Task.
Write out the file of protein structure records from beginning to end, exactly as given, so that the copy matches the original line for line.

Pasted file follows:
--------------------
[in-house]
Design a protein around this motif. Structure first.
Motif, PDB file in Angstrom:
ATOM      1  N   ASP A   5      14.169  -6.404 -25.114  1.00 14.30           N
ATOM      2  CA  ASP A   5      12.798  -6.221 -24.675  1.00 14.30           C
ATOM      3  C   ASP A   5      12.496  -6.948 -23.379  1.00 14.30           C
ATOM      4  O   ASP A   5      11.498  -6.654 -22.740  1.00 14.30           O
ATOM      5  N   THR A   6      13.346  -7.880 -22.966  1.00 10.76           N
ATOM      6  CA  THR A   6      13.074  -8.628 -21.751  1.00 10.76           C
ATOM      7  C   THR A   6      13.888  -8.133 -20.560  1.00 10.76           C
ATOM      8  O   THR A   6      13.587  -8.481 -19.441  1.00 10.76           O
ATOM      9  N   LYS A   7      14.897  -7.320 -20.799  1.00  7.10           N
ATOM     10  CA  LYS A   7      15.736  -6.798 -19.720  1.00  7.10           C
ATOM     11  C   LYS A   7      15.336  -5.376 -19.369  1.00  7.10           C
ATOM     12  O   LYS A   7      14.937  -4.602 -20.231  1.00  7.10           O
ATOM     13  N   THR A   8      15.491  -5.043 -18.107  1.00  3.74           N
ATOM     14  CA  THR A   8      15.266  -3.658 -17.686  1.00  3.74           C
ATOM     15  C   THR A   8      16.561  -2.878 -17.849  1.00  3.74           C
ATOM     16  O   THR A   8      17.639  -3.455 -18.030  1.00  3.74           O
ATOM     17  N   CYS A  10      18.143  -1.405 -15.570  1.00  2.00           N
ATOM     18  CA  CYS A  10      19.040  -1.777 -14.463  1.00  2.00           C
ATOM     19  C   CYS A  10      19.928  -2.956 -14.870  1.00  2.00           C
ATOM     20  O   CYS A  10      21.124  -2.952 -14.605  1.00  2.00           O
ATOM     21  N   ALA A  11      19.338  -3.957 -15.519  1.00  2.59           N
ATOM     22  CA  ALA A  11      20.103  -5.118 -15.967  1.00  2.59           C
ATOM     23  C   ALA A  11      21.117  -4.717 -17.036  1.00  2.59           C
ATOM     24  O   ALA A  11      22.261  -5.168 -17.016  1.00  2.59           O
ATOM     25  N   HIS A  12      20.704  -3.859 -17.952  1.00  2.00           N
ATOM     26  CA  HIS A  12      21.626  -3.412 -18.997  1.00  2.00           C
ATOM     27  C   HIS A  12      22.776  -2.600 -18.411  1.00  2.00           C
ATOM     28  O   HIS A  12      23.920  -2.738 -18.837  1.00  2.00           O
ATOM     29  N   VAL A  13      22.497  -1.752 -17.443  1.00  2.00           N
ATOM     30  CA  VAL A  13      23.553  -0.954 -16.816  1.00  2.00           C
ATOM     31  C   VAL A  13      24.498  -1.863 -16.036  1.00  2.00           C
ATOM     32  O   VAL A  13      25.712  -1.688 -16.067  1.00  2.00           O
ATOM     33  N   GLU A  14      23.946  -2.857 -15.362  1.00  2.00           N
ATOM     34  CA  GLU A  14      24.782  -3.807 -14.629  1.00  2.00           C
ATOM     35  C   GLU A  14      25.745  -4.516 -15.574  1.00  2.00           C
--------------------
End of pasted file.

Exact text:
[in-house]
Design a protein around this motif. Structure first.
Motif, PDB file in Angstrom:
ATOM      1  N   ASP A   5      14.169  -6.404 -25.114  1.00 14.30           N
ATOM      2  CA  ASP A   5      12.798  -6.221 -24.675  1.00 14.30           C
ATOM      3  C   ASP A   5      12.496  -6.948 -23.379  1.00 14.30           C
ATOM      4  O   ASP A   5      11.498  -6.654 -22.740  1.00 14.30           O
ATOM      5  N   THR A   6      13.346  -7.880 -22.966  1.00 10.76           N
ATOM      6  CA  THR A   6      13.074  -8.628 -21.751  1.00 10.76           C
ATOM      7  C   THR A   6      13.888  -8.133 -20.560  1.00 10.76           C
ATOM      8  O   THR A   6      13.587  -8.481 -19.441  1.00 10.76           O
ATOM      9  N   LYS A   7      14.897  -7.320 -20.799  1.00  7.10           N
ATOM     10  CA  LYS A   7      15.736  -6.798 -19.720  1.00  7.10           C
ATOM     11  C   LYS A   7      15.336  -5.376 -19.369  1.00  7.10           C
ATOM     12  O   LYS A   7      14.937  -4.602 -20.231  1.00  7.10           O
ATOM     13  N   THR A   8      15.491  -5.043 -18.107  1.00  3.74           N
ATOM     14  CA  THR A   8      15.266  -3.658 -17.686  1.00  3.74           C
ATOM     15  C   THR A   8      16.561  -2.878 -17.849  1.00  3.74           C
ATOM     16  O   THR A   8      17.639  -3.455 -18.030  1.00  3.74           O
ATOM     17  N   CYS A  10      18.143  -1.405 -15.570  1.00  2.00           N
ATOM     18  CA  CYS A  10      19.040  -1.777 -14.463  1.00  2.00           C
ATOM     19  C   CYS A  10      19.928  -2.956 -14.870  1.00  2.00           C
ATOM     20  O   CYS A  10      21.124  -2.952 -14.605  1.00  2.00           O
ATOM     21  N   ALA A  11      19.338  -3.957 -15.519  1.00  2.59           N
ATOM     22  CA  ALA A  11      20.103  -5.118 -15.967  1.00  2.59           C
ATOM     23  C   ALA A  11      21.117  -4.717 -17.036  1.00  2.59           C
ATOM     24  O   ALA A  11      22.261  -5.168 -17.016  1.00  2.59           O
ATOM     25  N   HIS A  12      20.704  -3.859 -17.952  1.00  2.00           N
ATOM     26  CA  HIS A  12      21.626  -3.412 -18.997  1.00  2.00           C
ATOM     27  C   HIS A  12      22.776  -2.600 -18.411  1.00  2.00           C
ATOM     28  O   HIS A  12      23.920  -2.738 -18.837  1.00  2.00           O
ATOM     29  N   VAL A  13      22.497  -1.752 -17.443  1.00  2.00           N
ATOM     30  CA  VAL A  13      23.553  -0.954 -16.816  1.00  2.00           C
ATOM     31  C   VAL A  13      24.498  -1.863 -16.036  1.00  2.00           C
ATOM     32  O   VAL A  13      25.712  -1.688 -16.067  1.00  2.00           O
ATOM     33  N   GLU A  14      23.946  -2.857 -15.362  1.00  2.00           N
ATOM     34  CA  GLU A  14      24.782  -3.807 -14.629  1.00  2.00           C
ATOM     35  C   GLU A  14      25.745  -4.516 -15.574  1.00  2.00           C